Touring de Force | Top 10 BEST Mid-size Sports Tourers of 2023 [500-800cc]

You don't need to buy big to go big when it comes to Sports Tourers... as our Top 10 Best Mid-Size Sports Tourers of 2023 show

Triumph Tiger Sport 660.jpg

Summer is just around the corner and if you're a biker with an intrepid streak, the time has come for you to begin planning those picturesque sun-baked tours on your mile-munching, no-nonsense Sports Tourer motorcycle.

A category defined by its size - let's call them XL, L and M - it matters not whether you prefer a beefy, high-performance machine like the 'XL' KTM 1290 Super GT, a well-kitted out all-rounder like the 'L' Yamaha Tracer 9 or prefer something more compact - such as the segment we're focusing on here - like the 'M' sized Kawasaki Versys 650, the same key values apply throughout; practicality, durability and comfort.

That said, if anything, models in the Mid-Size Sports Tourer class have to work even harder, multi-tasking between urban commuting and longer distance journeys. It is a high bar our Top 10 here must strive for, but only one can be #1. Read on to find out which comes with Visordown's seal of approval...

10 - Benelli TRK 502

PriceEngineBHPTorqueWeightSeat HeightFuel 
£5,999499cc47bhp45Nm @5000rpm219kg800mm20 L

If there has been an influx of new models entering the mid-range Sports Tourer segment  from the likes of Moto Morini and Voge then one of the reasons - you might be surprised to learn - is because of this, the Benelli TRK 502.

You wouldn’t think it to look at it, but the TRK 502 - launched in 2018 - helped establish the market for sports tourers at the lower end of the mid-capacity bracket, providing an affordable, yet practical and versatile option for those unable to stretch to the likes of a Kawasaki Versys 650 and Yamaha Tracer 7.

It doesn’t hurt that it is built in China, keeping costs down further to just under £6,000, making it a particularly popular model in Asia and parts of Europe right now. 

In the context of its very obvious brief - cheap, easy to ride, economical and practical enough for longer journeys - the Benelli TRK 502 is a worthy consideration, but it also looks dated, is ponderous on the road and feels more budget than rivals.

9 - Voge 500 DS

PriceEngineBHPTorqueWeightSeat HeightFuel
£5,399471cc46bhp44Nm @7000rpm195kg785mm16.5 L

The latest Chinese manufacturer looking to make headway in the European market, Voge is one of the world’s youngest company’s too, only launched in 2018 as a ‘premium’ subsidiary of Loncin.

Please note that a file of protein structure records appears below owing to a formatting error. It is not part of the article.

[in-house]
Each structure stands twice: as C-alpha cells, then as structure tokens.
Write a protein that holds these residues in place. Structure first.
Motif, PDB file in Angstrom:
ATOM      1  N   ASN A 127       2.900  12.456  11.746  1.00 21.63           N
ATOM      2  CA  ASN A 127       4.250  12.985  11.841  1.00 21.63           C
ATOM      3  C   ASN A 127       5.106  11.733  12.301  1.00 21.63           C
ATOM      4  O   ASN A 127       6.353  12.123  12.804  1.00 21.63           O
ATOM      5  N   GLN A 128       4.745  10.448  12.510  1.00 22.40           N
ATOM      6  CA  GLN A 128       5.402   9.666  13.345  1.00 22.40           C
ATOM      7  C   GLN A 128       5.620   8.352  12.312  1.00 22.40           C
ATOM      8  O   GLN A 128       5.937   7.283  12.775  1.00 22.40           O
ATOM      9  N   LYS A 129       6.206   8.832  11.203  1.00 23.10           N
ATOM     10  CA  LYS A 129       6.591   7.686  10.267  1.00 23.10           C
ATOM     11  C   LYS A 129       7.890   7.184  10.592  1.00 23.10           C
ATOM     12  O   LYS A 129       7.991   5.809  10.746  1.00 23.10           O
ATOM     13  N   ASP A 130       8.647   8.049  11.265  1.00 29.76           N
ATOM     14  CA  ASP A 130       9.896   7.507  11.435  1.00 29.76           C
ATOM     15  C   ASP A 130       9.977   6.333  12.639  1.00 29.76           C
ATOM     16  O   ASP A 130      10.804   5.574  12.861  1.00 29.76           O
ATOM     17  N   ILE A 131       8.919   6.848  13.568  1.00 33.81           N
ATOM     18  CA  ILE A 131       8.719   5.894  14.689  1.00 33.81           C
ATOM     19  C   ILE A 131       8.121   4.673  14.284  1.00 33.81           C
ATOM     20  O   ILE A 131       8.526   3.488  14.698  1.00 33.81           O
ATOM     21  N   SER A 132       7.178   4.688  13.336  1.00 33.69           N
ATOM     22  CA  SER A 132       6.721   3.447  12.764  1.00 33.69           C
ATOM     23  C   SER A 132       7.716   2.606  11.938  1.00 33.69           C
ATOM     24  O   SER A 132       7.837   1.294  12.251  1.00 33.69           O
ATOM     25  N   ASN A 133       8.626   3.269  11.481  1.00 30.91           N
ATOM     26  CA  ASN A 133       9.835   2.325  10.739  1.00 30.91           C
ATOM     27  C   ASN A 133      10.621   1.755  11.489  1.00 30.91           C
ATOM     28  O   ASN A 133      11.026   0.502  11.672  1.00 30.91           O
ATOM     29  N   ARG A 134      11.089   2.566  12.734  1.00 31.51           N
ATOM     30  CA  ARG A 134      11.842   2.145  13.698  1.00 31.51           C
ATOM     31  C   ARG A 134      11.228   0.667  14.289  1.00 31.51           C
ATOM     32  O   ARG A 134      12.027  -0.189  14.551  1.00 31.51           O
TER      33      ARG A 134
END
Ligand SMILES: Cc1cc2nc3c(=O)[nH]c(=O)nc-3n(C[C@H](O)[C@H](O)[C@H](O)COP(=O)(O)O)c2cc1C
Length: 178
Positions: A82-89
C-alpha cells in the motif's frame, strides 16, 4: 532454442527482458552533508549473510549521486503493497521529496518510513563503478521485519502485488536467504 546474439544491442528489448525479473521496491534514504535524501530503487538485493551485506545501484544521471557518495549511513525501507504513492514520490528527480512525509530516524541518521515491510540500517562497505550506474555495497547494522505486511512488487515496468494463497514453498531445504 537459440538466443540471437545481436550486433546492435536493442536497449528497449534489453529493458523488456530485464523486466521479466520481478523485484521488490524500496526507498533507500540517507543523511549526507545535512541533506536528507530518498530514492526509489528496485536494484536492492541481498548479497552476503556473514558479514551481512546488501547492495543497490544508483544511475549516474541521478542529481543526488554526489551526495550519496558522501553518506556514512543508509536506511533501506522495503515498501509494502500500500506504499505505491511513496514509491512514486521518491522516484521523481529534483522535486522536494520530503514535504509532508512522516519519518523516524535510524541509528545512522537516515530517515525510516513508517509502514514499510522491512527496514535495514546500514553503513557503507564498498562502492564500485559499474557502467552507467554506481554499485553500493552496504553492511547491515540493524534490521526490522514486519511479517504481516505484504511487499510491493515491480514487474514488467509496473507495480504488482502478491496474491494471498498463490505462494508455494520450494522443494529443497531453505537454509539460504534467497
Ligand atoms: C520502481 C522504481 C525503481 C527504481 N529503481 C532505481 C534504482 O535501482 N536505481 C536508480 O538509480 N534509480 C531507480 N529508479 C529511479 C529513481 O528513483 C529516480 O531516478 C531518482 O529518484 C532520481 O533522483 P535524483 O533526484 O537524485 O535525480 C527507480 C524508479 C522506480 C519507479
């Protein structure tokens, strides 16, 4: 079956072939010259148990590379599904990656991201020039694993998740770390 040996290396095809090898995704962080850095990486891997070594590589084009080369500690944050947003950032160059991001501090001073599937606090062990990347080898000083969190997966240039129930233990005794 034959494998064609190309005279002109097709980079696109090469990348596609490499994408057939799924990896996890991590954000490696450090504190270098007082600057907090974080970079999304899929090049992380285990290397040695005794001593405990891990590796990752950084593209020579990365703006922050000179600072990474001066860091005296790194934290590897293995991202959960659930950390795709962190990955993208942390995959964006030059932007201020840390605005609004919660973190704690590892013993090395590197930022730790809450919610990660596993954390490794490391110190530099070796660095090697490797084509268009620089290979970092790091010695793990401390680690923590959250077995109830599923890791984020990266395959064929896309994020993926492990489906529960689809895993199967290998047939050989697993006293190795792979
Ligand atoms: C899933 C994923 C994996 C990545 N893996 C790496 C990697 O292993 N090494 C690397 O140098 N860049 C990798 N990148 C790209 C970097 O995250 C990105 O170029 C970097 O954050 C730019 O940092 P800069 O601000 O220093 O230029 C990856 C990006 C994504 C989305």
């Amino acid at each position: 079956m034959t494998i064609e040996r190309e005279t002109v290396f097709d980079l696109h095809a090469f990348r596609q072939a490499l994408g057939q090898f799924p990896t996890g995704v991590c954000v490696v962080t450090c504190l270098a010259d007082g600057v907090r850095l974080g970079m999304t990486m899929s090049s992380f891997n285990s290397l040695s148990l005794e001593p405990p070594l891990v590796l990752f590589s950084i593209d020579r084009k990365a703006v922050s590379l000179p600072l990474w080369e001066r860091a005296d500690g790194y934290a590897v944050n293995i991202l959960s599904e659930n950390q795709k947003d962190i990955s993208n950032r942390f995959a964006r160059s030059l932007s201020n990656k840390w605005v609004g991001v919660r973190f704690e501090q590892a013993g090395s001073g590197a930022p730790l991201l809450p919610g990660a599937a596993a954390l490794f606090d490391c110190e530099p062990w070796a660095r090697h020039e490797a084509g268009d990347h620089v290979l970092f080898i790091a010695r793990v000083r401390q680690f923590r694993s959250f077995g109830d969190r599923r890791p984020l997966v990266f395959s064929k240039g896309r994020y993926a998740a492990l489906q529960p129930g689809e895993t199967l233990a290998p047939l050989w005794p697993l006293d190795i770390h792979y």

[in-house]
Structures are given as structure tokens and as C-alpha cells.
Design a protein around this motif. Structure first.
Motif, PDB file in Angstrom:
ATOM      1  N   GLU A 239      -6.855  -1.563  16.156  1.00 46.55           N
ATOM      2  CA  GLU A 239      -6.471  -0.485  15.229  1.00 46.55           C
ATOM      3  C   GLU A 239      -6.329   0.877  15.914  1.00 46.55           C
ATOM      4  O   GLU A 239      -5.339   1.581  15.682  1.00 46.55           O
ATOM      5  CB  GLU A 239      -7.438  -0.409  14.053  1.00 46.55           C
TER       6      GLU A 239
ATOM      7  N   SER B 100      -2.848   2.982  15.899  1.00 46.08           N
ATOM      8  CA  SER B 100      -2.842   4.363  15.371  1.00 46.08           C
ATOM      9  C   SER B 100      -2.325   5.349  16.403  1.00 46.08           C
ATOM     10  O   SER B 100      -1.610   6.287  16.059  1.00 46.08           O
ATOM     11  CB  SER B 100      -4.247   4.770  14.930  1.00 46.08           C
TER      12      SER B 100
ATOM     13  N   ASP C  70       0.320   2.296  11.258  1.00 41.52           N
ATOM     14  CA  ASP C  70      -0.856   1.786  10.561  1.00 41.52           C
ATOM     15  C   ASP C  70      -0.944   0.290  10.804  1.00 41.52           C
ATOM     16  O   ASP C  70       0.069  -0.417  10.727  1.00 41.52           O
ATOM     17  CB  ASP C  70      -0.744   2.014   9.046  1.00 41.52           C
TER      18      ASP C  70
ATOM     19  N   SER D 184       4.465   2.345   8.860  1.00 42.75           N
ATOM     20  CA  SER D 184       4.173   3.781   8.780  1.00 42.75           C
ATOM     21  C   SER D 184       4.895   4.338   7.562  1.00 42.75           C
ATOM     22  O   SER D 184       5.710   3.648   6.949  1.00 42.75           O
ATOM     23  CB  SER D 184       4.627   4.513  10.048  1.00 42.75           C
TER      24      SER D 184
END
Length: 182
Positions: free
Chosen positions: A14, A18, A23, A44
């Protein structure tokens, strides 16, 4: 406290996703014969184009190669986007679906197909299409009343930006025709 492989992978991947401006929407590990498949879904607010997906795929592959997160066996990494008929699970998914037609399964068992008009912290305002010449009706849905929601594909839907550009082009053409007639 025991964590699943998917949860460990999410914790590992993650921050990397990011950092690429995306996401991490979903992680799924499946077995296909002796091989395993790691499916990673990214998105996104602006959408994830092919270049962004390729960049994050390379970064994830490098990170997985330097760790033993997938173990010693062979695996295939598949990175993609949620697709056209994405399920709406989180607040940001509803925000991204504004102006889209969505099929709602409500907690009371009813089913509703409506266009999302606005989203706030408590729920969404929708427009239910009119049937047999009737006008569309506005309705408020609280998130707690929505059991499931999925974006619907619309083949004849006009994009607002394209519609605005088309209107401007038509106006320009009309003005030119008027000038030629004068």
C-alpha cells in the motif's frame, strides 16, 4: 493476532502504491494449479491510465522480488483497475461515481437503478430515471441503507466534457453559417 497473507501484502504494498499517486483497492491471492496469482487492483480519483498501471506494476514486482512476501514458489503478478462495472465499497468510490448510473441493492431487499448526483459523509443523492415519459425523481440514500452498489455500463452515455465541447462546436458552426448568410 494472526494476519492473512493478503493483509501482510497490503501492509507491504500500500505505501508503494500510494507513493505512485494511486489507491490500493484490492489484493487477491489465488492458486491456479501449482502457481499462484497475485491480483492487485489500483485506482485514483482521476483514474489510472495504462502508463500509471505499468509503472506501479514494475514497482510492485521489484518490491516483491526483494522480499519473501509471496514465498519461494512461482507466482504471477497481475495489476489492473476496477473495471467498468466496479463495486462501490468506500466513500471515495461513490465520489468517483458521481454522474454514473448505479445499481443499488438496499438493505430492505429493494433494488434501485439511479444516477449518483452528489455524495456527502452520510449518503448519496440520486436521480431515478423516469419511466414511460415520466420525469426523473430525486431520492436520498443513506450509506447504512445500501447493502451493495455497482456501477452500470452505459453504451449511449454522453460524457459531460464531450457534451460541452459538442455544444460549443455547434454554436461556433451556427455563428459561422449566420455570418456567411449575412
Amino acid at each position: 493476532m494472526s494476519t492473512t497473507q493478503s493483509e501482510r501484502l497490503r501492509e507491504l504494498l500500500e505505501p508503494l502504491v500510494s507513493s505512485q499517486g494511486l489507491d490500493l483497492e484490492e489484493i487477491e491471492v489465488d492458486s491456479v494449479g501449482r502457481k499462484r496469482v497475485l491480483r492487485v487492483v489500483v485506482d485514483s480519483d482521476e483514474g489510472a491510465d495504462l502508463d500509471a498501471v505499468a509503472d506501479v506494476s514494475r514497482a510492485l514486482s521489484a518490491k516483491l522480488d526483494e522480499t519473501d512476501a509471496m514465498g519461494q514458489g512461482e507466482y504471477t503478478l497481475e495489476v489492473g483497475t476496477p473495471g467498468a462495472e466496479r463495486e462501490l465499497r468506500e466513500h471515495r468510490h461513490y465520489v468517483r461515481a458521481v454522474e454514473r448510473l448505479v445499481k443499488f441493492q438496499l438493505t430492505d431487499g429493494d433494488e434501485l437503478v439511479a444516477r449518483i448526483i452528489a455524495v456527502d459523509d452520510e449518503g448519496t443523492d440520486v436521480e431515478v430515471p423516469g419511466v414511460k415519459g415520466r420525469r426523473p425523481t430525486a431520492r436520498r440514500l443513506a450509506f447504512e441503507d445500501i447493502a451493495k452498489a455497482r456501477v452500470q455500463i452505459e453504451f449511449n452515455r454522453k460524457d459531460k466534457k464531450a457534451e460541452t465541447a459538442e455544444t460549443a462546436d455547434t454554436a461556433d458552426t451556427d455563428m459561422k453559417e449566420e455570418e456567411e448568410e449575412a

It’s also a distant cousin of Lexmoto, with whom Voge shares its distribution network, which should help the brand get off the ground in the UK too, though we’ll use the word ‘premium’ with a pinch of salt.

Indeed, in this company, the firm’s entry-level sports tourer, the Voge 500 DS, is definitely the budget consideration of the mid-capacity sector.

This is no bad thing though and at just £5,399 the 500 DS is excellent value, undercutting its most like-for-like rival - the Honda CB500X - by more than £1k. You won’t get the same feel of quality as its Japanese counterpart, but there is no denying the CB500X has definitely lended some inspiration to the handsome, albeit bland, design.

Conveniently available on an A2 licence, the 500 DS offers decent performance and versatility. If you can’t stretch your budget, then the Voge 500 DS is a lot of motorcycle for the money, but if it can the Honda is a substantially superior choice.

8 - CFMoto 650GT

PriceEngineBHPTorqueWeightSeat HeightFuel
£6,199649cc62bhp59Nm @7000rpm226kg795mm19 L

Something of an anomaly in the mid-capacity segment, the CFMoto 650 GT presents shades of the Kawasaki Ninja 1000SX in that it blends a bit of sportsbike into its Sports Tourer silhouette.

Essentially a faired version of the 650 NK, the 650 GT - available alongside the sister soft-roading 650MT - has still undergone a fairly significant transformation and though it is now looking its age, it still has a more dynamic look than some of its dowdier rivals.

Alas, its dated underpinnings betray it on the road with the 649cc 62bhp engine feeling a touch breathless when lugging the hefty kerb weight around.